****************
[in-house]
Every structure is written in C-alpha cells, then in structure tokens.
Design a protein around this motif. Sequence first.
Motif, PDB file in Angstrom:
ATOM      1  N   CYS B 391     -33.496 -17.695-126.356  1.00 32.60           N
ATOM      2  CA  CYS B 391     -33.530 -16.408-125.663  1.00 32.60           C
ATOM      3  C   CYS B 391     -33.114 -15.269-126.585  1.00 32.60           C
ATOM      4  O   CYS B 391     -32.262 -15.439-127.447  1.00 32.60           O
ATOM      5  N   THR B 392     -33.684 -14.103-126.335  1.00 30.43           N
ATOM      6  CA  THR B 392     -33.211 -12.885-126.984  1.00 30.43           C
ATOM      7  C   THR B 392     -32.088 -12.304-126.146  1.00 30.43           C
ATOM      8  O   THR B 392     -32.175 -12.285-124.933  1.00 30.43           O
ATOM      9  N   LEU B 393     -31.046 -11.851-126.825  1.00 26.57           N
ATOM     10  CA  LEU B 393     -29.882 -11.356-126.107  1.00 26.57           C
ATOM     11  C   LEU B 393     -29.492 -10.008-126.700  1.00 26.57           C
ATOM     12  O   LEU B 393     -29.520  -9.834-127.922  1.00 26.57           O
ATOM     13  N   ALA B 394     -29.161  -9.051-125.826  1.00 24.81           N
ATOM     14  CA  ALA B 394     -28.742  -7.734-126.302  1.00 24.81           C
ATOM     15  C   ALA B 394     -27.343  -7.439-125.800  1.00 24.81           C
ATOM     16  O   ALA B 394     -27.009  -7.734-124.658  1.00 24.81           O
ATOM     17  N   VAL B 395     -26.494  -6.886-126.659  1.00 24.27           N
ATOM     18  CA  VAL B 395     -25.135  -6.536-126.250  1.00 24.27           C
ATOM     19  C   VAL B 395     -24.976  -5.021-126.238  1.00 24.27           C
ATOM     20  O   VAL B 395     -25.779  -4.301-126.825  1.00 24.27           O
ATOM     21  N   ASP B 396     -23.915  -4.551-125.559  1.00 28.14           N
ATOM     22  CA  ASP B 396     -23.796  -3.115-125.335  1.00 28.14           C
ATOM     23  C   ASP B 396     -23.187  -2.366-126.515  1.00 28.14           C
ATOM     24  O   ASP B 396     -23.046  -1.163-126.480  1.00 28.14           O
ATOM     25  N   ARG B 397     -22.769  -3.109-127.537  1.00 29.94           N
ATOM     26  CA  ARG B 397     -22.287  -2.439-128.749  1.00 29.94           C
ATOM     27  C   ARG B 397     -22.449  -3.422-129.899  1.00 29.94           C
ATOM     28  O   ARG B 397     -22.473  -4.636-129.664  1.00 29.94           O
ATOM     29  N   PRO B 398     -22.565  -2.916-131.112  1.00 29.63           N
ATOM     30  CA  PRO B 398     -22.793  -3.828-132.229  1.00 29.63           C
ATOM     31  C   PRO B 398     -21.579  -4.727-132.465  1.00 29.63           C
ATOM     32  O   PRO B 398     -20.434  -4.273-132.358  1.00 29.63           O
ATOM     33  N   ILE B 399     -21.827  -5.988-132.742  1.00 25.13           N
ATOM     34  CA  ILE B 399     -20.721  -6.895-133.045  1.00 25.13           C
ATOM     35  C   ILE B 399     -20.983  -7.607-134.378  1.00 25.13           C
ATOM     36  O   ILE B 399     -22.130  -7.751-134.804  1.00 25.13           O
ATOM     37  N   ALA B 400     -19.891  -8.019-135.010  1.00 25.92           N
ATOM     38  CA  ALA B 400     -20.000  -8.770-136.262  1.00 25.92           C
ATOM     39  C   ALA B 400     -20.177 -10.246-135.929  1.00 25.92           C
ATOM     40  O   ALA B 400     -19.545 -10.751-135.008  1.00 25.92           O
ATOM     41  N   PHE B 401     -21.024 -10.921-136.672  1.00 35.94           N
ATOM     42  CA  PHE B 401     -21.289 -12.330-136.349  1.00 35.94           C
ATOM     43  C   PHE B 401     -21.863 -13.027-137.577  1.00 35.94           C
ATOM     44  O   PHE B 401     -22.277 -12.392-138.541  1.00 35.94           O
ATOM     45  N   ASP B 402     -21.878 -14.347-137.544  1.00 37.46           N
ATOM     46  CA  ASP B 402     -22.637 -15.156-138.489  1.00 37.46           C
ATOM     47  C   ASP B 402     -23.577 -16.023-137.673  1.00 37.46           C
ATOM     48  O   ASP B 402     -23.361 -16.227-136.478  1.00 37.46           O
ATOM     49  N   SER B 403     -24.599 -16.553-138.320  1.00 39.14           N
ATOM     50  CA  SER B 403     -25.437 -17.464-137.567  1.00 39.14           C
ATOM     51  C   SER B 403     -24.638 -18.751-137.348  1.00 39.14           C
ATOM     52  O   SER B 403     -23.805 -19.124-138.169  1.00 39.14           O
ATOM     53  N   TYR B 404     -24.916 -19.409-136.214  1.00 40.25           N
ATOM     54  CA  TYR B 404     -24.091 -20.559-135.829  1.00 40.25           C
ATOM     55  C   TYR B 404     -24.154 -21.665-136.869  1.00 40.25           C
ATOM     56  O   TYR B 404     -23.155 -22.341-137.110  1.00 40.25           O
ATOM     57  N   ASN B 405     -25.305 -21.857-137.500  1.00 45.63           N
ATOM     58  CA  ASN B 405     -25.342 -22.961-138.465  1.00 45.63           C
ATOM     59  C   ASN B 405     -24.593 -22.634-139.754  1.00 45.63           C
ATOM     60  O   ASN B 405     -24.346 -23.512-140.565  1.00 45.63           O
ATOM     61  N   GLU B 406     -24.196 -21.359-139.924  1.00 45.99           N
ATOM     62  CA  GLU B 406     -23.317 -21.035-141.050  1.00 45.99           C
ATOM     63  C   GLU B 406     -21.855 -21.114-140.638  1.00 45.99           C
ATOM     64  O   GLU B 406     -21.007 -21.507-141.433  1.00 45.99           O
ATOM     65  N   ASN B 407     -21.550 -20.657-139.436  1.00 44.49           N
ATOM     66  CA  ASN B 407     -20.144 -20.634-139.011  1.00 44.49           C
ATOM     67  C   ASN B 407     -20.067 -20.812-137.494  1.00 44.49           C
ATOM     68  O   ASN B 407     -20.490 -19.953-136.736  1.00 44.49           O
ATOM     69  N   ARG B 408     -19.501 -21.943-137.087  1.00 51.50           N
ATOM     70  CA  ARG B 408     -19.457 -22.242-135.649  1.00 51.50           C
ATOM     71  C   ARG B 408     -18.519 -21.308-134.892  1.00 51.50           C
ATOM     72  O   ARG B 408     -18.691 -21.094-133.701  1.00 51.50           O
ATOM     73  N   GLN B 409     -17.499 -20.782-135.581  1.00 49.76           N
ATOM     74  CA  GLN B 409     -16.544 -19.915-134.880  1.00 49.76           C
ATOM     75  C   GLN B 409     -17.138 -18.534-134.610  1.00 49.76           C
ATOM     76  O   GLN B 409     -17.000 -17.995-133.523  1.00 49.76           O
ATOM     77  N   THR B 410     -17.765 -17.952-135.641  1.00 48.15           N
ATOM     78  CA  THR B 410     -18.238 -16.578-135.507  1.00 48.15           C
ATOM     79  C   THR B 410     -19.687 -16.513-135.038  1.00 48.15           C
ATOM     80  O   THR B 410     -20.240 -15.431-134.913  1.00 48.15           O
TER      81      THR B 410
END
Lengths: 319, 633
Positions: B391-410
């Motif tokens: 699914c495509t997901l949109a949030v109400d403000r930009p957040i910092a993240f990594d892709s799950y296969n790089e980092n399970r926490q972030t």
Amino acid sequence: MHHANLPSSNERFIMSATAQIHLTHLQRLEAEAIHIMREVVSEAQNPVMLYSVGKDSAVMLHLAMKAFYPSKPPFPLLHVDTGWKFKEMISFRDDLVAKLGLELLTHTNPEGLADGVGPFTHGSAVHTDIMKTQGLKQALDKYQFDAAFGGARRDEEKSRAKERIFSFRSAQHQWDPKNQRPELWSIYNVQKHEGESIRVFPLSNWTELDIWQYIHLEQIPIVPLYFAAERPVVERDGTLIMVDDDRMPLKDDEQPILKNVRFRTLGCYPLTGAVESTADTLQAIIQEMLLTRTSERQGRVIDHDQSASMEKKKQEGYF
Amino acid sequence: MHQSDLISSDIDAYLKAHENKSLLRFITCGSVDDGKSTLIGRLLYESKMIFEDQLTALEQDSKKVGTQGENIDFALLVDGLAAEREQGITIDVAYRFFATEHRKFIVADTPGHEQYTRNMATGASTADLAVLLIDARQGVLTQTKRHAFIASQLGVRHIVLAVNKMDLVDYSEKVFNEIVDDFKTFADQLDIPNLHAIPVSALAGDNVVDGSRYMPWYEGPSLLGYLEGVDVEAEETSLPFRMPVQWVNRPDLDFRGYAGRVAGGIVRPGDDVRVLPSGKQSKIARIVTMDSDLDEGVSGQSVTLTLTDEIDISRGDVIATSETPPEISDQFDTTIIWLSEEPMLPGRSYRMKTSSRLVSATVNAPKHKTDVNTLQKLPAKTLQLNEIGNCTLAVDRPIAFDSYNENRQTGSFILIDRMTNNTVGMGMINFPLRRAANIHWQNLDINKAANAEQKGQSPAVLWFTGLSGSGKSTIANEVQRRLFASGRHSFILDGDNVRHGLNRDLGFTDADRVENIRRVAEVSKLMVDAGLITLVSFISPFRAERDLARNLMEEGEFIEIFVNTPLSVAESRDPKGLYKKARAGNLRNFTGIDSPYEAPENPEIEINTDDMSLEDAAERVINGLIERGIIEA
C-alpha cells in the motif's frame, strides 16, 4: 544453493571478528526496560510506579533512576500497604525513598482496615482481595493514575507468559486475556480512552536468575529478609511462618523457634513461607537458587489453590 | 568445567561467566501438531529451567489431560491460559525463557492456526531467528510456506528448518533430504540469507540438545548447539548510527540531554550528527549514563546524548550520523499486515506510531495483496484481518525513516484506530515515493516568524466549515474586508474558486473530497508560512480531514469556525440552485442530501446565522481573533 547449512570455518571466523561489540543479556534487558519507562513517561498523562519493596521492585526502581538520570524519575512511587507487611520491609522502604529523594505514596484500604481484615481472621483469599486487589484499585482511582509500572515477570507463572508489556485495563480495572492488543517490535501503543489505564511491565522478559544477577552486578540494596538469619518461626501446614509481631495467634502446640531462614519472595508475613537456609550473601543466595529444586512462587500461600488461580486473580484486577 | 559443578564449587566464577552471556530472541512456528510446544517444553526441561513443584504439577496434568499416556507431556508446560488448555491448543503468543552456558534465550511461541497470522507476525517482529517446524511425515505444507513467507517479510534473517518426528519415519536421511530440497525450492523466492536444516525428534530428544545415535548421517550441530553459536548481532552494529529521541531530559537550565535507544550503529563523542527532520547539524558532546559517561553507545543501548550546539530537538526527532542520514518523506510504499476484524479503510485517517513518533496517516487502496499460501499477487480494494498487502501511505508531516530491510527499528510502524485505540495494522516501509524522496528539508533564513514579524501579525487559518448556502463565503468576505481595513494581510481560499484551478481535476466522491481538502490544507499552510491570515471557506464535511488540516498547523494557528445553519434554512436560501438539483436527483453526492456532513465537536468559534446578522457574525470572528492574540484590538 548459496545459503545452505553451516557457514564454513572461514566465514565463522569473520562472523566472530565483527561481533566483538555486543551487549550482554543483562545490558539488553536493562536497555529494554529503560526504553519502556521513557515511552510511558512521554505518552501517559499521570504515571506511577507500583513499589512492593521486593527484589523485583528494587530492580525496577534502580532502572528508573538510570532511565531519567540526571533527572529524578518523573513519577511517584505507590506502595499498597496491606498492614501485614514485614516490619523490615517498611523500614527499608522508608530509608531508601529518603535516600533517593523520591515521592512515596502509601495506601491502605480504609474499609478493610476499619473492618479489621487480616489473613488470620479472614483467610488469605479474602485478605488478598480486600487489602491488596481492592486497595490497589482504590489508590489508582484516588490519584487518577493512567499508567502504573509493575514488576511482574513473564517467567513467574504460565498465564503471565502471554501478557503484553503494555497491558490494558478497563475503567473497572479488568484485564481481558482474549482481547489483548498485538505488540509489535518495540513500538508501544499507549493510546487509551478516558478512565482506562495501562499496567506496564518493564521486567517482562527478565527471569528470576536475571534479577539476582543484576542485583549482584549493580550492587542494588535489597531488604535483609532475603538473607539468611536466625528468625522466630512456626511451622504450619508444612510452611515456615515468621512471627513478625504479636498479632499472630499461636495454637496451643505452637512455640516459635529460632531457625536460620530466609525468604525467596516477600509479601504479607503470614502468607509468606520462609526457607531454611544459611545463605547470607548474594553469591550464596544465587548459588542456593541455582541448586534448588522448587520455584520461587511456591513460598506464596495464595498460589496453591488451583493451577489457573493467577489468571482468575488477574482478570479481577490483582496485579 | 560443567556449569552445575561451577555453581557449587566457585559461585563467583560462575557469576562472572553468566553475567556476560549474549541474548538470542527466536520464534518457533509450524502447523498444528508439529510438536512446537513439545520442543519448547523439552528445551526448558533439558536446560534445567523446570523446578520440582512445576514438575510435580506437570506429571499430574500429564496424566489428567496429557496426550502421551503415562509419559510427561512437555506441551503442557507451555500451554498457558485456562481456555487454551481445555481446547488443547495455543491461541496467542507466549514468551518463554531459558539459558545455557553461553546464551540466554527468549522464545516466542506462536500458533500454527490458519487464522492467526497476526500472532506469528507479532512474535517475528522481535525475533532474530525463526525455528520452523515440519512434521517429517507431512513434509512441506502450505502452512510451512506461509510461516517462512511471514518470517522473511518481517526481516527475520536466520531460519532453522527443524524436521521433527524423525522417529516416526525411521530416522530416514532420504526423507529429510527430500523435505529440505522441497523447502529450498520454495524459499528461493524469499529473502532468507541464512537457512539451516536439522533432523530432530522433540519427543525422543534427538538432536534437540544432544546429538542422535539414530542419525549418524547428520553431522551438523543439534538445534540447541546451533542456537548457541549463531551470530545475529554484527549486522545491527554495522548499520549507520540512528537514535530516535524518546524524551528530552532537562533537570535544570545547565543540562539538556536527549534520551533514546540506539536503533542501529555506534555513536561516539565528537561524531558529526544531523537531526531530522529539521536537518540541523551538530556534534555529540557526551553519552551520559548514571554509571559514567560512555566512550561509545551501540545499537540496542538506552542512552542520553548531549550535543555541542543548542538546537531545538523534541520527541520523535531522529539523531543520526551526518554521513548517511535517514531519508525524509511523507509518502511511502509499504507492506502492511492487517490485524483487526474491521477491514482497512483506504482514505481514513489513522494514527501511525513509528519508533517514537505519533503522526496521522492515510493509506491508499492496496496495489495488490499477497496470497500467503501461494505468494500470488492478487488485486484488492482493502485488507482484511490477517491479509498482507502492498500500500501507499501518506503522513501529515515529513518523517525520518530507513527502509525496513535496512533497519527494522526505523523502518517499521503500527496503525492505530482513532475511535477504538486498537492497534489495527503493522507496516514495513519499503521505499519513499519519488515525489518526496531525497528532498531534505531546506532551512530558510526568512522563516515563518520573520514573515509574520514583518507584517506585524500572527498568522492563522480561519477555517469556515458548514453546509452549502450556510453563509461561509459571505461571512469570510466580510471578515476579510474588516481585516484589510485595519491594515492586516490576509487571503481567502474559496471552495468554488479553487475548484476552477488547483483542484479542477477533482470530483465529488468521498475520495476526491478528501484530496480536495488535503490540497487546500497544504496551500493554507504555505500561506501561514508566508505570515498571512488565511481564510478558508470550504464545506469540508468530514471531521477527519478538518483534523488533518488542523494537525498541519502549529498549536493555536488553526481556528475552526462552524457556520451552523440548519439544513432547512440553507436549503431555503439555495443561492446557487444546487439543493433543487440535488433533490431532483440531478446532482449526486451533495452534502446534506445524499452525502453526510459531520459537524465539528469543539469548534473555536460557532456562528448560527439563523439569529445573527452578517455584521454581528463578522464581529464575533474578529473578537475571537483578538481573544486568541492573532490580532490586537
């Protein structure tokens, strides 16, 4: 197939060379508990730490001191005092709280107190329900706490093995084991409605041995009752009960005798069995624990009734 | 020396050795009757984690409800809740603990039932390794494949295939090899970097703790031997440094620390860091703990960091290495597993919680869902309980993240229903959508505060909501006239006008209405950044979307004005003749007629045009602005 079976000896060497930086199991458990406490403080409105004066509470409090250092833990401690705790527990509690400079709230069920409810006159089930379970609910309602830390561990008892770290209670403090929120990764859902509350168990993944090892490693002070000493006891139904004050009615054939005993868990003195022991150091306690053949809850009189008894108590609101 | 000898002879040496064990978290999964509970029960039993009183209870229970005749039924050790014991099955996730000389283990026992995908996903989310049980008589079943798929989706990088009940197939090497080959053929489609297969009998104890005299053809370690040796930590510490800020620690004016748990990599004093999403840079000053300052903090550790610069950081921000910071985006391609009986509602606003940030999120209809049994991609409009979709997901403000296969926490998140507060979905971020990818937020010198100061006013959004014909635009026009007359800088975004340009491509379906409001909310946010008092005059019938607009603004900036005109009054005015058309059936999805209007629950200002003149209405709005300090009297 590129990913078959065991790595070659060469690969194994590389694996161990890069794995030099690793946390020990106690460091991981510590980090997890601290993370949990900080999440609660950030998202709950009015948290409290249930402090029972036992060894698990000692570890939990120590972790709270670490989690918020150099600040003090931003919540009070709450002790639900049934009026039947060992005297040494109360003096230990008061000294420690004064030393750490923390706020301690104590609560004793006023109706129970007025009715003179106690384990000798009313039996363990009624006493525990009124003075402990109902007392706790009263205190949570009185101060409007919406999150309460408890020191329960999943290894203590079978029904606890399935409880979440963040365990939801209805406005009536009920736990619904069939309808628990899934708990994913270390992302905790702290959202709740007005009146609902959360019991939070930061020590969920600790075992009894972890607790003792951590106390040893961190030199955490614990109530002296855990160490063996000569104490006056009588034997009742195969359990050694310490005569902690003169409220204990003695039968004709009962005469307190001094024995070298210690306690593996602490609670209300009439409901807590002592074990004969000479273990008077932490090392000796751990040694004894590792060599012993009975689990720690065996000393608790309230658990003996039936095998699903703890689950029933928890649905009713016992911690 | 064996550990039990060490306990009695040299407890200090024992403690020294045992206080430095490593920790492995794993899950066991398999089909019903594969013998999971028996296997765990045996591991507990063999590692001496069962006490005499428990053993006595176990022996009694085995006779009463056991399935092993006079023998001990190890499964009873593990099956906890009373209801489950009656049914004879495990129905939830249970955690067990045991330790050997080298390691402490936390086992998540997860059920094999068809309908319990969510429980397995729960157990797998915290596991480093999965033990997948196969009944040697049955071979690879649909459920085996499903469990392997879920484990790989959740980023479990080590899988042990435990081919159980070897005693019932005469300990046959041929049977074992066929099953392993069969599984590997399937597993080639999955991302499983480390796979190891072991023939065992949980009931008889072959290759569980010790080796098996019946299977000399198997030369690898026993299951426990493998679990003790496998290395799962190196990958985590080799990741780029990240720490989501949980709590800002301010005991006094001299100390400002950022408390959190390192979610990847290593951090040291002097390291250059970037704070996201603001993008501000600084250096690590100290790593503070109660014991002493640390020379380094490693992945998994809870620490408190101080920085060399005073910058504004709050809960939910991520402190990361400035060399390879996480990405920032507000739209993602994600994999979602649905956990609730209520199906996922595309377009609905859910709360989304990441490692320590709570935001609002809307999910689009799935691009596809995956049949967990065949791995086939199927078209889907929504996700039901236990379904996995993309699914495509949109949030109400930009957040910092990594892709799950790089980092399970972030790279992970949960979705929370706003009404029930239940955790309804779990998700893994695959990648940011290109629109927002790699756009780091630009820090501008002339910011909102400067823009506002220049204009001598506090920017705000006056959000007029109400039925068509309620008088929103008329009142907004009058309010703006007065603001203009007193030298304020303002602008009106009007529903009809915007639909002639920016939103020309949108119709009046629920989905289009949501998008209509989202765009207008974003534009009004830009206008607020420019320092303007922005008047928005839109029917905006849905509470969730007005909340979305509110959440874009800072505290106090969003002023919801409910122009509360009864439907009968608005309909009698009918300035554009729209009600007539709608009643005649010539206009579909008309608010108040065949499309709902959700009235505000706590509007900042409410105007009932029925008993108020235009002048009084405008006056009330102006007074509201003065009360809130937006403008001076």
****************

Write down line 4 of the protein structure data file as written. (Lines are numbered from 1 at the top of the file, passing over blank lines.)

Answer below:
Motif, PDB file in Angstrom: